Cinderella’s Sad Story of Garnishment

Once upon a time, Cinderella had a money judgment entered against her.  She thought nothing of it at the time because she could no more pay her debt than go to the ball.  Then along came her Fairy Godmother and next thing you know, Cinderella had won the Prince Charming lottery. Right in the middle of happily ever after, a creditor garnished Cinderella’s newfound wealth.  Her brand new great big mound of money was swept clean from her account, just like that—poof!—it was gone.  “Surely you would not take my good fortune from me!” Cinderella protested. “The judgment is good for 20 years,” replied the creditor.  And thus Cinderella went from rags to riches and back to rags again.   A Money Judgment is just a piece of paper, EXCEPT a creditor may watch your bank account over the next 20 YEARS.  If your credit score goes up, that creditor might reappear.  With a Money Judgment, he may get your car, your real estate (except homestead), or garnish your bank account without prior notice to you, freezing any good fortune you come into. Everybody should pay their debts; however, certain incomes are exempt to prevent a choice between paying the […] Read More

Exempt Incomes from Money Judgments

Money can’t buy happiness, but it sure makes misery easier to live with.  That is the idea behind Social Security, disability, pensions, and income that provides more than one-half the support for dependant or minor children—those are exempt incomes from money judgments. Small Claims Court can be a lot bigger than you think.  Even though it only deals with matters less than $5,000, that can be a big claim if you have limited means. Everybody should pay their debts, but you should not have to decide whether to buy food or pay the electric bill.  Thus there are certain incomes that are exempt from money judgments. The key to an exemption is that you have to claim it.  Just because you are eligible for a collection exemption does not mean you automatically receive it.  Exemptions have to be filed within 20 days of the Notice of Garnishment that you receive after your account has been frozen. A Judgment is bad, but ignoring it is worse.  Seek competent legal advice to learn more about collection exemptions.  (You do not need an appointment to pick up a pamphlet at Legal Aid about collection exemptions and how to claim them.) Read More

Social Security & Small Claims Court

August 15, 1953 President Franklin D. Roosevelt signed the Social Security Act into law, providing financial assistance for the elderly, the blind, the disabled, and the unemployed.  This year the Social Security Administration projects that over 59 million Americans will receive almost $863 billion in Social Security benefits…none of that is meant to be used to pay off a credit card debt in Small Claims Court. Everyone should pay their bills, but you have to be able to stay in your home, feed yourself, and put gas in your car.  Therefore do not promise your Social Security income to cover a collection judgment; claim an exemption instead. If you are living off Social Security, you may be able to claim those benefits as exempt from a debt collection judgment.  The key to that exemption is that you have to claim it.  Just because you are eligible does not mean you automatically get it. Seek competent legal advice to learn more about exemptions from judgment.  (You do not need an appointment to pick up a pamphlet at Legal Aid about collection exemptions and how to claim them.)  Small Claims Court is not necessarily easy, but good legal advice may give you […] Read More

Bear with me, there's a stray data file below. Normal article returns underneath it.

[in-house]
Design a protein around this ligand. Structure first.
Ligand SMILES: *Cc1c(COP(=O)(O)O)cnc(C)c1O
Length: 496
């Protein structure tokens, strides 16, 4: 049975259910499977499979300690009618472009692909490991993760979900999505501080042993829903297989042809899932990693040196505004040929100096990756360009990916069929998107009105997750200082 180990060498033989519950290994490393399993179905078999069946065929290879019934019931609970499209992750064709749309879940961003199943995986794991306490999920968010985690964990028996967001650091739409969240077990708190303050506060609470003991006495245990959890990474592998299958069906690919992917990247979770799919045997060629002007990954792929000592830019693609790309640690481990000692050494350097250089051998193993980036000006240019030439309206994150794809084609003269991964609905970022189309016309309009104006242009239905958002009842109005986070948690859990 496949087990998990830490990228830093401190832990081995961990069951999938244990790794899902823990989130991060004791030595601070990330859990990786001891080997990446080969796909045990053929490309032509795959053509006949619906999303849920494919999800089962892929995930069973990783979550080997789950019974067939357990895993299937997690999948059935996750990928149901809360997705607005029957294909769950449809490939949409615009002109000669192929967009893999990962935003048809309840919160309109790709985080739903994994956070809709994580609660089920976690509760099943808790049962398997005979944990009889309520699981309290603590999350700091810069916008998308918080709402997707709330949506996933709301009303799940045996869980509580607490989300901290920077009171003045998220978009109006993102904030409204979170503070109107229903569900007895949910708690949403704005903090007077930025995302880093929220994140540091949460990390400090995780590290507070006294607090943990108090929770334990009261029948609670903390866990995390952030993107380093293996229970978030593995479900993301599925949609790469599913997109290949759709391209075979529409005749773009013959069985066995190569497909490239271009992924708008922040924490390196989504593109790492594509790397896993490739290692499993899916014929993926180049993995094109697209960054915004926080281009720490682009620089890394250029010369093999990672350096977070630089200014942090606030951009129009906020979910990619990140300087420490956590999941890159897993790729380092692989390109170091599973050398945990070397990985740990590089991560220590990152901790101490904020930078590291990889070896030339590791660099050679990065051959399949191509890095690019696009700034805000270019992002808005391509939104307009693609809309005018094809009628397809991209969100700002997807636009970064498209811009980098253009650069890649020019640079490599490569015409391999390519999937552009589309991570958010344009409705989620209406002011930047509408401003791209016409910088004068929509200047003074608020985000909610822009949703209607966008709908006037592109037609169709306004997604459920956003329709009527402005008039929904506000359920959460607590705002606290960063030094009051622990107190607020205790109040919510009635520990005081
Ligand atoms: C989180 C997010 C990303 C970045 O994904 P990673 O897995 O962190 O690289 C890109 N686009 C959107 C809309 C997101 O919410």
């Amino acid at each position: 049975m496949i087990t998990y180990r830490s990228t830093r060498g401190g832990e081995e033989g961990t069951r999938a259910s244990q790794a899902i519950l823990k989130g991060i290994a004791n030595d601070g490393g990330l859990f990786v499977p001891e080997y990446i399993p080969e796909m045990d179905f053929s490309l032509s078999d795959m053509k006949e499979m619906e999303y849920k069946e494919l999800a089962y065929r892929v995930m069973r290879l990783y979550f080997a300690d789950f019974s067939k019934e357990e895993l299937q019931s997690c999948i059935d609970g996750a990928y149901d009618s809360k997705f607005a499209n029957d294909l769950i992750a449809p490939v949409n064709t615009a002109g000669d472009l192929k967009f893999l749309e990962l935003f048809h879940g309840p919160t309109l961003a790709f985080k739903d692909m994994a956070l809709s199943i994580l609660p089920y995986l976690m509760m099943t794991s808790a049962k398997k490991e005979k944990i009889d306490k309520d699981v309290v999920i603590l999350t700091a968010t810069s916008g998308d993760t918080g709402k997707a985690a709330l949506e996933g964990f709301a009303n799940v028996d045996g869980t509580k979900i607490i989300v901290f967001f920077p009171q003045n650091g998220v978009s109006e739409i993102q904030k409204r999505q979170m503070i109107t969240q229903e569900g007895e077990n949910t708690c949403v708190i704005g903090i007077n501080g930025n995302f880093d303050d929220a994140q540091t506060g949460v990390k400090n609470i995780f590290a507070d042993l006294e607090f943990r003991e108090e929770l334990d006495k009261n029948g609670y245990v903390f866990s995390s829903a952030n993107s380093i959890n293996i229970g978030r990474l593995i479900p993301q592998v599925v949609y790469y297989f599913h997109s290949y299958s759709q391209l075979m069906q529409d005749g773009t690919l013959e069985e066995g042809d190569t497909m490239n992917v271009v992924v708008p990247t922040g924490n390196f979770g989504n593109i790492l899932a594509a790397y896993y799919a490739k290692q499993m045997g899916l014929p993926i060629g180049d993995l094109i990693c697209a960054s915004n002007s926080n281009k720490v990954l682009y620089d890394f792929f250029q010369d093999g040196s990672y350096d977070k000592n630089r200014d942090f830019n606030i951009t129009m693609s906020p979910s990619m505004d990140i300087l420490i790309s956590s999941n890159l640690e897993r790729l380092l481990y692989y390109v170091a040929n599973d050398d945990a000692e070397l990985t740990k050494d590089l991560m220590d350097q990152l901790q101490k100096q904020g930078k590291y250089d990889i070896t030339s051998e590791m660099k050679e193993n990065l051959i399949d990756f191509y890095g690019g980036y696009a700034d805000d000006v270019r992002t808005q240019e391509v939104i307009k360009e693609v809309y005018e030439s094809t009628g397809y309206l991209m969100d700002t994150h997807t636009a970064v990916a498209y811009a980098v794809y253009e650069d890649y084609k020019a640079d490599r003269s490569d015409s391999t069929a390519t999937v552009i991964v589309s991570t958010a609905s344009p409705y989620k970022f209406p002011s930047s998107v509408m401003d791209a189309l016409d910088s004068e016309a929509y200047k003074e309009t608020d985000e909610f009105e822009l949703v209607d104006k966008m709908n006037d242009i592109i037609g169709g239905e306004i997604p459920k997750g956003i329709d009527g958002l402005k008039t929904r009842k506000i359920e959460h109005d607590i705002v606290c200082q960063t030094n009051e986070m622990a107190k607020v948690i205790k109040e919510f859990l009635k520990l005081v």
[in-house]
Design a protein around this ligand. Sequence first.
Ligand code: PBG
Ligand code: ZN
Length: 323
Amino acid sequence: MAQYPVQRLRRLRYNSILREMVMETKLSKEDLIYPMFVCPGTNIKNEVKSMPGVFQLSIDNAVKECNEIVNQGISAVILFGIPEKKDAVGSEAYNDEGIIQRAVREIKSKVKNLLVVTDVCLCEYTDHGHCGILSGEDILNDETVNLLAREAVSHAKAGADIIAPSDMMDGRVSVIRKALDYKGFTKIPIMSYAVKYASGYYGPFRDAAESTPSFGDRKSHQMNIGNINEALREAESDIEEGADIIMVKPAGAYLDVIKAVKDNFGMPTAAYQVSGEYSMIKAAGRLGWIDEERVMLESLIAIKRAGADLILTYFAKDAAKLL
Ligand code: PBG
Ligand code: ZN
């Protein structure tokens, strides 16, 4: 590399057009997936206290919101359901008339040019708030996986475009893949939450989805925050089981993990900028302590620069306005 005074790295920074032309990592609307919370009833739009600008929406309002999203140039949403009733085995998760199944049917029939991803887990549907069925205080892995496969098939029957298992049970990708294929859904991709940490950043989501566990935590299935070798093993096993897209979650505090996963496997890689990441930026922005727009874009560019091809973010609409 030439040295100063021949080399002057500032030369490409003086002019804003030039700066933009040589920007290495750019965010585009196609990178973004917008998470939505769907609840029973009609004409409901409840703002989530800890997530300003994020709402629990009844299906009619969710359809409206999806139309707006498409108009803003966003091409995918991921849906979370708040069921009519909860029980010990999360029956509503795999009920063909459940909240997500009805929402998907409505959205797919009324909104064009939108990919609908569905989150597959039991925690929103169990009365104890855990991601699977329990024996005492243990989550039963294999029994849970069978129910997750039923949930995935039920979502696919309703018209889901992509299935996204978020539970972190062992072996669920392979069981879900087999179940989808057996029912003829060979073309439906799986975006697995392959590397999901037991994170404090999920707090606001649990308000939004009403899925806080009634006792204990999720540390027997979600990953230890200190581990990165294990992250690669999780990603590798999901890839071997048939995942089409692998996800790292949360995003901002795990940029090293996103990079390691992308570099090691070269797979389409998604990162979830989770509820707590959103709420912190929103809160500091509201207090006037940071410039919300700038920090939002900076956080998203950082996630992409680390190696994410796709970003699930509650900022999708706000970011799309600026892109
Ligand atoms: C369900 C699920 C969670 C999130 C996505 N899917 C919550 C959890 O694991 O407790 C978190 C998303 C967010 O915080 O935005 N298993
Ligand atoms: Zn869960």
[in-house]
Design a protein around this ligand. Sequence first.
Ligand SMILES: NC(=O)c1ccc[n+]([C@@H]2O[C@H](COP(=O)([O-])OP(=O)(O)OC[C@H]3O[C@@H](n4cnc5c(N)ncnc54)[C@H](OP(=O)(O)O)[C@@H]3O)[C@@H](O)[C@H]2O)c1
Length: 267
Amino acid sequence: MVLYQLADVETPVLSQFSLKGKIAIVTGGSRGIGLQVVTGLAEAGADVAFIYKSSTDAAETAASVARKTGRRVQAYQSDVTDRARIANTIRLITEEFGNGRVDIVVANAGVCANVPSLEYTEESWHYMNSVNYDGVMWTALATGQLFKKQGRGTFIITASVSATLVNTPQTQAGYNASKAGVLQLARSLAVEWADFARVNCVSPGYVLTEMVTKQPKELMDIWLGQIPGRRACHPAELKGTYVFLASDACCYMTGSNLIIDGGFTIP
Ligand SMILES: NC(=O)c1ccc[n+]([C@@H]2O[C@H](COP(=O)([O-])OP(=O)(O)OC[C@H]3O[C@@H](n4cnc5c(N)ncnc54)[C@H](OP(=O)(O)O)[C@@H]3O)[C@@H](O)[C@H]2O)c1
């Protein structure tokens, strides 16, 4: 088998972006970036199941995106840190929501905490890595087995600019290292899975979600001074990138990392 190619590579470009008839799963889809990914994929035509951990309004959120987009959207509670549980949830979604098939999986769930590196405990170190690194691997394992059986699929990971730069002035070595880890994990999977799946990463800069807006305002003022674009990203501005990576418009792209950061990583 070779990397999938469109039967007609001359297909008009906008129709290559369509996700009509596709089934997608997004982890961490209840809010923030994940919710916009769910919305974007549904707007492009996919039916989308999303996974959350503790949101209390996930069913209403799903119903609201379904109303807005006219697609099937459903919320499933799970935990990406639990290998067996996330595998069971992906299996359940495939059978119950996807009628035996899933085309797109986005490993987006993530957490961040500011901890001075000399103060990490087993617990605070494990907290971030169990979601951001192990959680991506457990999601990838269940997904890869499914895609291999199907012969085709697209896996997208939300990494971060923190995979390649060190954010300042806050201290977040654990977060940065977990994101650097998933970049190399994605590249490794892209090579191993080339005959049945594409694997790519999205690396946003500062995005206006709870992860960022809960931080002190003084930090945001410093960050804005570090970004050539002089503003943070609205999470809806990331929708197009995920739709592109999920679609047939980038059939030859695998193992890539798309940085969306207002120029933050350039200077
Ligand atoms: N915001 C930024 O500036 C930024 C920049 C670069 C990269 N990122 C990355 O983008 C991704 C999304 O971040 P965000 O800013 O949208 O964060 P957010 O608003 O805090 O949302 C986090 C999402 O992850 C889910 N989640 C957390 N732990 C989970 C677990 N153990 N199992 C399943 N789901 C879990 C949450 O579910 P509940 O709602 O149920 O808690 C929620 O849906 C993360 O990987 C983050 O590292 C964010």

The Way Garnishment Works

The way garnishment works is first they take your money, THEN they tell you they have taken it.  You wake up one day and whatever you owe them, that money got disappeared.  Later when you receive that notice of garnishment, they also send you a form to file for exemption. If you are head of household supplying more than one-half the income to support a minor child, that income is eligible for exemption. If your income comes entirely from Social Security or a pension fund, that income is eligible for exemption. People have options.  Everyone should pay their bills, but you have to be able to stay in your home, feed yourself, and put gas in your car—that is why certain incomes are eligible for exemption.  You do not have to promise your Social Security income to cover a collection judgment; claim an exemption instead. Seek competent legal advice to learn more about exemptions from judgment.  (You do not need an appointment to pick up a pamphlet at Legal Aid about collection exemptions and how to claim them.)  St. Johns Legal Aid is located at 222 San Marco Avenue in St. Augustine and they are open 8:30 a.m. to 5:00 […] Read More

Garnishment: Paying for Parsley

Parsley does not usually come a la carte; however, in Money Judgments, you may pay for garnishment.  The bad news about garnishment is that it happens before you know it, and the good news is that you could be eligible for an exemption…but you have to claim it. Garnishment is collection of a Monetary Judgment by deducting funds from a your bank account or wages.   Normally the waiter does not warn you about garnishment—neither does anybody else.  With a Money Judgment, the opposition can file a Motion for a Writ of Garnishment, which means that at any inopportune time, they can dip into your bank account, or take a portion of your wages.  You do not get notice that it is going to happen until after it happens, then the attorney will send you an exemption form. Everybody should pay their debts; however, certain incomes are exempt to prevent a choice between paying the electric bill or buying food.  Exempt incomes include: 1. Income of head of household at a certain level 2. Social Security benefits 3. Pension 4. Disability The key to that exemption is that you have to claim it. An exemption is like your luggage going around […] Read More